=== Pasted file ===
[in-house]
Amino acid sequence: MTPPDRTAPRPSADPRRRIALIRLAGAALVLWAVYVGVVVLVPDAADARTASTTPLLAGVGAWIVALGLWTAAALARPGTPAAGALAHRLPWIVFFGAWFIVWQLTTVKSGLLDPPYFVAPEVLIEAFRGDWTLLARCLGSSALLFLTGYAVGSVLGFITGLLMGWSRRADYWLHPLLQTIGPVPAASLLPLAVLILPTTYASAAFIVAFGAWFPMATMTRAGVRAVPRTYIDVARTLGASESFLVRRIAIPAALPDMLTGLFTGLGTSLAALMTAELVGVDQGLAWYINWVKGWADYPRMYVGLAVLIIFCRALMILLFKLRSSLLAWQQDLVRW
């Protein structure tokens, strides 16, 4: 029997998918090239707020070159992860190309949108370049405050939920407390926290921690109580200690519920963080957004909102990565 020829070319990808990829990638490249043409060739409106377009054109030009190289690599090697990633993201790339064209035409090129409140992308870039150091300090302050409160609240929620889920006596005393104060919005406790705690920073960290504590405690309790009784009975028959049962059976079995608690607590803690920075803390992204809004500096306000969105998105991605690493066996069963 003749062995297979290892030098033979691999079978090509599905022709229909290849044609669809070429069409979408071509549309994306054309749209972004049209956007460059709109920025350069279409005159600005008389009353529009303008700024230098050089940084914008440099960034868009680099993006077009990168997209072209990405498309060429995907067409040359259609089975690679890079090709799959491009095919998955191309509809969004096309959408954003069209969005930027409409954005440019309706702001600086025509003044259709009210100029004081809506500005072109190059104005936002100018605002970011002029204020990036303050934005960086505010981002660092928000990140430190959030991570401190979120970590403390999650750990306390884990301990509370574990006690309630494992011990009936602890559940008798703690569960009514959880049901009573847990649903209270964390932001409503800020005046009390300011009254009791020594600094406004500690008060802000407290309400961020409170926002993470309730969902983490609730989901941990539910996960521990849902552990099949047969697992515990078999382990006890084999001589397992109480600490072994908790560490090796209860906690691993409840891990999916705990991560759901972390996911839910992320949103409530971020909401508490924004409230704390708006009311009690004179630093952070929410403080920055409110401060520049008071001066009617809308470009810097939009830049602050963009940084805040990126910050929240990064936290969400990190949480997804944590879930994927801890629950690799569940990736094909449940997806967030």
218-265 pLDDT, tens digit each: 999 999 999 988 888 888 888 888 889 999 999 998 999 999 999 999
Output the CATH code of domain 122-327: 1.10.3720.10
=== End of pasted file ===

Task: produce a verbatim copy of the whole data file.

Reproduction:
[in-house]
Amino acid sequence: MTPPDRTAPRPSADPRRRIALIRLAGAALVLWAVYVGVVVLVPDAADARTASTTPLLAGVGAWIVALGLWTAAALARPGTPAAGALAHRLPWIVFFGAWFIVWQLTTVKSGLLDPPYFVAPEVLIEAFRGDWTLLARCLGSSALLFLTGYAVGSVLGFITGLLMGWSRRADYWLHPLLQTIGPVPAASLLPLAVLILPTTYASAAFIVAFGAWFPMATMTRAGVRAVPRTYIDVARTLGASESFLVRRIAIPAALPDMLTGLFTGLGTSLAALMTAELVGVDQGLAWYINWVKGWADYPRMYVGLAVLIIFCRALMILLFKLRSSLLAWQQDLVRW
């Protein structure tokens, strides 16, 4: 029997998918090239707020070159992860190309949108370049405050939920407390926290921690109580200690519920963080957004909102990565 020829070319990808990829990638490249043409060739409106377009054109030009190289690599090697990633993201790339064209035409090129409140992308870039150091300090302050409160609240929620889920006596005393104060919005406790705690920073960290504590405690309790009784009975028959049962059976079995608690607590803690920075803390992204809004500096306000969105998105991605690493066996069963 003749062995297979290892030098033979691999079978090509599905022709229909290849044609669809070429069409979408071509549309994306054309749209972004049209956007460059709109920025350069279409005159600005008389009353529009303008700024230098050089940084914008440099960034868009680099993006077009990168997209072209990405498309060429995907067409040359259609089975690679890079090709799959491009095919998955191309509809969004096309959408954003069209969005930027409409954005440019309706702001600086025509003044259709009210100029004081809506500005072109190059104005936002100018605002970011002029204020990036303050934005960086505010981002660092928000990140430190959030991570401190979120970590403390999650750990306390884990301990509370574990006690309630494992011990009936602890559940008798703690569960009514959880049901009573847990649903209270964390932001409503800020005046009390300011009254009791020594600094406004500690008060802000407290309400961020409170926002993470309730969902983490609730989901941990539910996960521990849902552990099949047969697992515990078999382990006890084999001589397992109480600490072994908790560490090796209860906690691993409840891990999916705990991560759901972390996911839910992320949103409530971020909401508490924004409230704390708006009311009690004179630093952070929410403080920055409110401060520049008071001066009617809308470009810097939009830049602050963009940084805040990126910050929240990064936290969400990190949480997804944590879930994927801890629950690799569940990736094909449940997806967030």
218-265 pLDDT, tens digit each: 999 999 999 988 888 888 888 888 889 999 999 998 999 999 999 999
Output the CATH code of domain 122-327: 1.10.3720.10